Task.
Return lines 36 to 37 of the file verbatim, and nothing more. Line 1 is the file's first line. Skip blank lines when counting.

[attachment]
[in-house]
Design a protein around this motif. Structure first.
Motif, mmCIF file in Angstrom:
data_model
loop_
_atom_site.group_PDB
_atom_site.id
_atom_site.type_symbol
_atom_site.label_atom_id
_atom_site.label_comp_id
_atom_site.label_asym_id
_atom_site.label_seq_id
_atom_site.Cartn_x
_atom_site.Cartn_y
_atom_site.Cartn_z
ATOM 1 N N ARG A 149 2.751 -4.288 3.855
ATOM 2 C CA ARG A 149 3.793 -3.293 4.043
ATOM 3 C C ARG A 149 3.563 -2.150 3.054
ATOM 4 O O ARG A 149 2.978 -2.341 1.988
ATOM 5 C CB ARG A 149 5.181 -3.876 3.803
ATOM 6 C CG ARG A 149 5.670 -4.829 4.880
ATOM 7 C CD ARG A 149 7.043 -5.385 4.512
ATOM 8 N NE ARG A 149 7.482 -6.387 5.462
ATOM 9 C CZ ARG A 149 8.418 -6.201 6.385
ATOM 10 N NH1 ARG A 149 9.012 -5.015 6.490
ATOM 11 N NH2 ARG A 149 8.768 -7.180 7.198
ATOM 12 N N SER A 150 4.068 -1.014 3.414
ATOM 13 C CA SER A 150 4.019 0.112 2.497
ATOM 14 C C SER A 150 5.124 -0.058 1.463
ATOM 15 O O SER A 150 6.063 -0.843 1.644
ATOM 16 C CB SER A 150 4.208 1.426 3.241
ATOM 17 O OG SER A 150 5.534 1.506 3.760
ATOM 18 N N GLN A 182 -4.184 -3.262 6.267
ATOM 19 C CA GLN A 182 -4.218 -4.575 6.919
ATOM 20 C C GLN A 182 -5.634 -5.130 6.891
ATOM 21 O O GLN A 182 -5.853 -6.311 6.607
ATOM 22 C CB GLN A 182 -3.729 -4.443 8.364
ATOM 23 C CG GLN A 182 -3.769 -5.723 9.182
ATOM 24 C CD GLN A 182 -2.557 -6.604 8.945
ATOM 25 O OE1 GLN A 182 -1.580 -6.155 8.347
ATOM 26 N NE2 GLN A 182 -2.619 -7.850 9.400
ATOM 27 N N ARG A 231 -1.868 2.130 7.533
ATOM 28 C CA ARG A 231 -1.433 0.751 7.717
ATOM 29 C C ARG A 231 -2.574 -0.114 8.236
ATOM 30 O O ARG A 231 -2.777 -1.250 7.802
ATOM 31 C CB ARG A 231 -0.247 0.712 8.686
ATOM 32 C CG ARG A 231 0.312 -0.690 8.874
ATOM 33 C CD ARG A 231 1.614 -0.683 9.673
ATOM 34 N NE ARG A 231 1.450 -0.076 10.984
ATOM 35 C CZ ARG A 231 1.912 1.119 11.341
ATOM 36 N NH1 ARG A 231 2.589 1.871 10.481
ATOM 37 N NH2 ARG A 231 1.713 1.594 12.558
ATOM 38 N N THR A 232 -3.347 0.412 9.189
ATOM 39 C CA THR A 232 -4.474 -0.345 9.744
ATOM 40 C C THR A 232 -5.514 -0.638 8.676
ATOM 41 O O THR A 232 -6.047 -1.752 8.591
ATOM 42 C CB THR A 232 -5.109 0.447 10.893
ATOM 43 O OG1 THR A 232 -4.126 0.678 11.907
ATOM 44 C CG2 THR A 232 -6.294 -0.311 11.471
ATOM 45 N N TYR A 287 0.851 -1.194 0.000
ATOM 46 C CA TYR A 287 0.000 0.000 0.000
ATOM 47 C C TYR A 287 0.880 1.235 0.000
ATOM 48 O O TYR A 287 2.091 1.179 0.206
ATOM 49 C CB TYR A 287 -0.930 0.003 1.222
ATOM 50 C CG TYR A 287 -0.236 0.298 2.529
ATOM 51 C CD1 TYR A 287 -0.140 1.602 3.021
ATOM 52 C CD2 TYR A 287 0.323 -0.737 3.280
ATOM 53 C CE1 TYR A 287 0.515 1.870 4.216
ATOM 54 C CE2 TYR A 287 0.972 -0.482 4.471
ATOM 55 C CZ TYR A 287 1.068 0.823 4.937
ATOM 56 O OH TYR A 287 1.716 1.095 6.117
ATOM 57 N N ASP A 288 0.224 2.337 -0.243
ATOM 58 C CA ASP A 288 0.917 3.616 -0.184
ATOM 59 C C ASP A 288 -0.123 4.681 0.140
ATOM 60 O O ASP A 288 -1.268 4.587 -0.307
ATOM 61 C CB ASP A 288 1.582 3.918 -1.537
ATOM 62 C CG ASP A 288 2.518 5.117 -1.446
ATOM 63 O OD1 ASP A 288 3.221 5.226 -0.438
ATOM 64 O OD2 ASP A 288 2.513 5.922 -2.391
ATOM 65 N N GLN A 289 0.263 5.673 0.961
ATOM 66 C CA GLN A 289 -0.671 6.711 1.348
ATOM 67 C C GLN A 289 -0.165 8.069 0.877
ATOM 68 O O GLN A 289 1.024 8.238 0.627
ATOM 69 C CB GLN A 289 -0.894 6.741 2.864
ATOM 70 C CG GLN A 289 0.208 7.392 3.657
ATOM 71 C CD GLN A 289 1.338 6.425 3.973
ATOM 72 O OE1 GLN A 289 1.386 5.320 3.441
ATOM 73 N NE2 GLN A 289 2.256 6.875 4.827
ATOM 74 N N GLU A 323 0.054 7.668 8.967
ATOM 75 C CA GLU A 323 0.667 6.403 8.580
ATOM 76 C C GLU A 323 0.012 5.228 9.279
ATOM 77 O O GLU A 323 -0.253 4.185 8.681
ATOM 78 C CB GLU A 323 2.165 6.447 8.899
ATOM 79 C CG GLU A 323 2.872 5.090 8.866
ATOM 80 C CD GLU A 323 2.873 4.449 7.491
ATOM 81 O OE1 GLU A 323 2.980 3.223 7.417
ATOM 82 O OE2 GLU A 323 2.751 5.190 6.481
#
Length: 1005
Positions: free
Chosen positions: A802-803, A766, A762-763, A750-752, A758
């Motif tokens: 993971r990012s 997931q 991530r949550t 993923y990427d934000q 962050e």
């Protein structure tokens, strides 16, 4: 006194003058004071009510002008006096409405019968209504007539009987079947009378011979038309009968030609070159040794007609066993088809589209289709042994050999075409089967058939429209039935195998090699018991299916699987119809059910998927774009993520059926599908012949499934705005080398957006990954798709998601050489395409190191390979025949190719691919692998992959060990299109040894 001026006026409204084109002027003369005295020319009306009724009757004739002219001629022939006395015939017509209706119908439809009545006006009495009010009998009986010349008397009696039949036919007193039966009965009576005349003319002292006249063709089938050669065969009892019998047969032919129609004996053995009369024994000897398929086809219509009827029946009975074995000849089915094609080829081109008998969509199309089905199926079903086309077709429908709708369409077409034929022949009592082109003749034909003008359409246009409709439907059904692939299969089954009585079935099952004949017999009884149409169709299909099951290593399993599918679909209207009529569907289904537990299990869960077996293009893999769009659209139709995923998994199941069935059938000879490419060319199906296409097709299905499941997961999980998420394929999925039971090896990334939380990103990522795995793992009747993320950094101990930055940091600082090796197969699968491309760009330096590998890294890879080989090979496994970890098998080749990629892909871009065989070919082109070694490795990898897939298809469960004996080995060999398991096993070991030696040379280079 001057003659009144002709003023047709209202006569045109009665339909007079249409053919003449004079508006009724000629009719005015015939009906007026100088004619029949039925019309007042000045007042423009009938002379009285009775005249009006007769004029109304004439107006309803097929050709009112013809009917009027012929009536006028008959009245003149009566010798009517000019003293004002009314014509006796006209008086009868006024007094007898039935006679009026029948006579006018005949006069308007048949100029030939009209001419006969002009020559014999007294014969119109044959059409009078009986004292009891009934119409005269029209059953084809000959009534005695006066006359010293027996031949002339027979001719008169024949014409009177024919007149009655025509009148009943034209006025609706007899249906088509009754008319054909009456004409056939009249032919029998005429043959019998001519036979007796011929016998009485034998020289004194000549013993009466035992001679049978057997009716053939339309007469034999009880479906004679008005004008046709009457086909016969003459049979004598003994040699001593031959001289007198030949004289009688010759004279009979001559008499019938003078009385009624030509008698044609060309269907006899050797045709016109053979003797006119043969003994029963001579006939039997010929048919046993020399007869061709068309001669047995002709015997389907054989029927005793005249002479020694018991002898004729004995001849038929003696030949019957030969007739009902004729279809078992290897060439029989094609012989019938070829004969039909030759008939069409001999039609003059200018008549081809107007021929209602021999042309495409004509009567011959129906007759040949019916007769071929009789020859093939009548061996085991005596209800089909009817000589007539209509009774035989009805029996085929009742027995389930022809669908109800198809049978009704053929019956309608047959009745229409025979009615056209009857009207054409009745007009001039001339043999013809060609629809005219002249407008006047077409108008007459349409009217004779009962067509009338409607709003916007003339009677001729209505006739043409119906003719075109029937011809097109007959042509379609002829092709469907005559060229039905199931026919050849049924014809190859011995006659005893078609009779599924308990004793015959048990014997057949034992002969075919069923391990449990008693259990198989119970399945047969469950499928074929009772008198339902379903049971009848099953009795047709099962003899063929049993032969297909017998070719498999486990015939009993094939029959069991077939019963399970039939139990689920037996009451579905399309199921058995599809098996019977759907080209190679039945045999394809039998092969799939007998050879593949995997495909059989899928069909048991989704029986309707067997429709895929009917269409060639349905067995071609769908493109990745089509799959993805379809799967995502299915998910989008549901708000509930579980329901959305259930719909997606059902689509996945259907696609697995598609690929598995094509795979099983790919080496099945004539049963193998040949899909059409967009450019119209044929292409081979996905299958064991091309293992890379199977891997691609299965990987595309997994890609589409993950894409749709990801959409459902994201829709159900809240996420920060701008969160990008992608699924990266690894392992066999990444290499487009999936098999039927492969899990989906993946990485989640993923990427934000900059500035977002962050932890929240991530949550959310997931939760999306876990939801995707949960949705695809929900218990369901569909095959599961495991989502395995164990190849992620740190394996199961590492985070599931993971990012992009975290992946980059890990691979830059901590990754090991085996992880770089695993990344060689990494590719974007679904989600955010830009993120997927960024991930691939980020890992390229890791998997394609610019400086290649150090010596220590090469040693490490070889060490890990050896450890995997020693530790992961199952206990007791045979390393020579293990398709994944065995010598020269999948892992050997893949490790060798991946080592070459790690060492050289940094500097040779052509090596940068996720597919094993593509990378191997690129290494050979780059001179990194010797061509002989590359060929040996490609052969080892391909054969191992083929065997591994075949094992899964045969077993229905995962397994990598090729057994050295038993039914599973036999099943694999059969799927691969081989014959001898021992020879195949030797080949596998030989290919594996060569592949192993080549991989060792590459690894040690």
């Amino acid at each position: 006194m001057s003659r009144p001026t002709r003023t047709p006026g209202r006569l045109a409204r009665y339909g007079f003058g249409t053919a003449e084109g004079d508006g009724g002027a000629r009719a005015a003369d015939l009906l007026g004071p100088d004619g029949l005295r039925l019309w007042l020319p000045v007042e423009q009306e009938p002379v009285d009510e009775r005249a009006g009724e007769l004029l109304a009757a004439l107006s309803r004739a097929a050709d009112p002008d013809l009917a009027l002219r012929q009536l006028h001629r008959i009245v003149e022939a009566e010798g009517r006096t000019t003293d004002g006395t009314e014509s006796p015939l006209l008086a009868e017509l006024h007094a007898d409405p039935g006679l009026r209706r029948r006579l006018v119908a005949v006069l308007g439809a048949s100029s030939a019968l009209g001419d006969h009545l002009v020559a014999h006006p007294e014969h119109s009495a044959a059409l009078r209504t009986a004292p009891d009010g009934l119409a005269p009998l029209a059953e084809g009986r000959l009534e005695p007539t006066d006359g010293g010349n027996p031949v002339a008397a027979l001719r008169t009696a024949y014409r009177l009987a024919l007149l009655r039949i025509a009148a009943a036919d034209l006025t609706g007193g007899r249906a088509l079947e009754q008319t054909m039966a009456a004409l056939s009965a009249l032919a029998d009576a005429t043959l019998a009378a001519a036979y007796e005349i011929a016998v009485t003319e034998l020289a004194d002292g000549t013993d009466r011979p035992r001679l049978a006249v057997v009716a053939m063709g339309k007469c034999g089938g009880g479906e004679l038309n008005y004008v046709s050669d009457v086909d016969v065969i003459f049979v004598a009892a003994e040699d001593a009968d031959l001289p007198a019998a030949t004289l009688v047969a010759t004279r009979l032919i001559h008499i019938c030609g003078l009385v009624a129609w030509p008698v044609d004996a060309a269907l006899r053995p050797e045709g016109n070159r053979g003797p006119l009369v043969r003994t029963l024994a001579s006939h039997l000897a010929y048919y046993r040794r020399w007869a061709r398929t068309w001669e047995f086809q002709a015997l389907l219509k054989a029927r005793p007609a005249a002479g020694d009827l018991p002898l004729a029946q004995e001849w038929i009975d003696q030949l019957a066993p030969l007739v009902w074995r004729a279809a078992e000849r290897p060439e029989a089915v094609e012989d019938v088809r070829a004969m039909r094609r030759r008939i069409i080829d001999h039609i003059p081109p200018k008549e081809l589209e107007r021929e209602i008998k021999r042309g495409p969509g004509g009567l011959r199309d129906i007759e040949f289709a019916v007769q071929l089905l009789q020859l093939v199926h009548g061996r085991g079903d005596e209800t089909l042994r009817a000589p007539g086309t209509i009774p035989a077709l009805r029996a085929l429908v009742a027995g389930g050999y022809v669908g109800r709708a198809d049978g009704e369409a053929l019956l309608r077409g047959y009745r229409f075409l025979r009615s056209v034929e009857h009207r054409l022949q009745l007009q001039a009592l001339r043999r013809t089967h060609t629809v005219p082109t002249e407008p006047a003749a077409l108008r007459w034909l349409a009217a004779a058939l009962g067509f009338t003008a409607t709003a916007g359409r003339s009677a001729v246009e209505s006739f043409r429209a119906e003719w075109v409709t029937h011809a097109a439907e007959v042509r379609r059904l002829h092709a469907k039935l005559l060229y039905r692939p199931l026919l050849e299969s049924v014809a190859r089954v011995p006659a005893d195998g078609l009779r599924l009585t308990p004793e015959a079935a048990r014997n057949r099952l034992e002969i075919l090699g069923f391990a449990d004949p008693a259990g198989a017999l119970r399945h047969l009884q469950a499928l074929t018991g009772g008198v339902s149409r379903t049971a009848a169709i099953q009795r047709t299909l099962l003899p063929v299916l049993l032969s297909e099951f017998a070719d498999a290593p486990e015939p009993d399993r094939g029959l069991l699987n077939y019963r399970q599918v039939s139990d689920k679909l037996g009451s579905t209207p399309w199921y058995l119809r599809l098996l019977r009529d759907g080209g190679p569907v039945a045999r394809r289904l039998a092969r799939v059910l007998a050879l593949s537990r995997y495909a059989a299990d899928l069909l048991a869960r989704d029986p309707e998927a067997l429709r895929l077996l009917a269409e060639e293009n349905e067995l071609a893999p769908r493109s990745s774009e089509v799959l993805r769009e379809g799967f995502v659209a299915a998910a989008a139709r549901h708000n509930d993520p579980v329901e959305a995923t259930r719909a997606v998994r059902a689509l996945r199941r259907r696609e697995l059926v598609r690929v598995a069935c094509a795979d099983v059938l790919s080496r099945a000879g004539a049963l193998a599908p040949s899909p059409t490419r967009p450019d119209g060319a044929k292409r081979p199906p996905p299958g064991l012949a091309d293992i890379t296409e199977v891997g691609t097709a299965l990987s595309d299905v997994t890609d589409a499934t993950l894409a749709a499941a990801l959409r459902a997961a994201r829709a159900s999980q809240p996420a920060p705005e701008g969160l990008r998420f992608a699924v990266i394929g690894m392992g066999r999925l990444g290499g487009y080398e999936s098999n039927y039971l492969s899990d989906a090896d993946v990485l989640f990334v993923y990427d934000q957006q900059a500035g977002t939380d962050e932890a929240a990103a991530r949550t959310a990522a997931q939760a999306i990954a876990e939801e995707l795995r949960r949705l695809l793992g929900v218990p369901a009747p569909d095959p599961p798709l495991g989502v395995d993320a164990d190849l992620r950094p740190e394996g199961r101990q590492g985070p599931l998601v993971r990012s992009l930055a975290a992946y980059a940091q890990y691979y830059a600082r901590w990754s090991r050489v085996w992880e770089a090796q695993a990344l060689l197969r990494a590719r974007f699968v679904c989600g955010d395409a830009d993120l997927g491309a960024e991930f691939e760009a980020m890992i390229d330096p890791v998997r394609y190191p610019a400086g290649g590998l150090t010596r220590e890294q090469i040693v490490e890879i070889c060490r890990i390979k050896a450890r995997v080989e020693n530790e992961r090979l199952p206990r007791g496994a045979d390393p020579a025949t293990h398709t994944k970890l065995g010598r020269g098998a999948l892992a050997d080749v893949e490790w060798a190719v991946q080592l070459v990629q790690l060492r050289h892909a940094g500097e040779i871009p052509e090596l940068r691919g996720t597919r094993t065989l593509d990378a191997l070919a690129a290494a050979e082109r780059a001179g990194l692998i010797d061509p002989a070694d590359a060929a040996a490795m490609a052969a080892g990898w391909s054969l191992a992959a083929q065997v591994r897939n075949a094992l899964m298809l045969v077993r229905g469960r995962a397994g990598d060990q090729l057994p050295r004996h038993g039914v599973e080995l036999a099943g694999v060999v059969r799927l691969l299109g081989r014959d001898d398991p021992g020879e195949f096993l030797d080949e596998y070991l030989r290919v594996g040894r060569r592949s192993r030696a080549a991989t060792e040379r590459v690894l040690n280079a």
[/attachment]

ATOM 21 O O GLN A 182 -5.853 -6.311 6.607
ATOM 22 C CB GLN A 182 -3.729 -4.443 8.364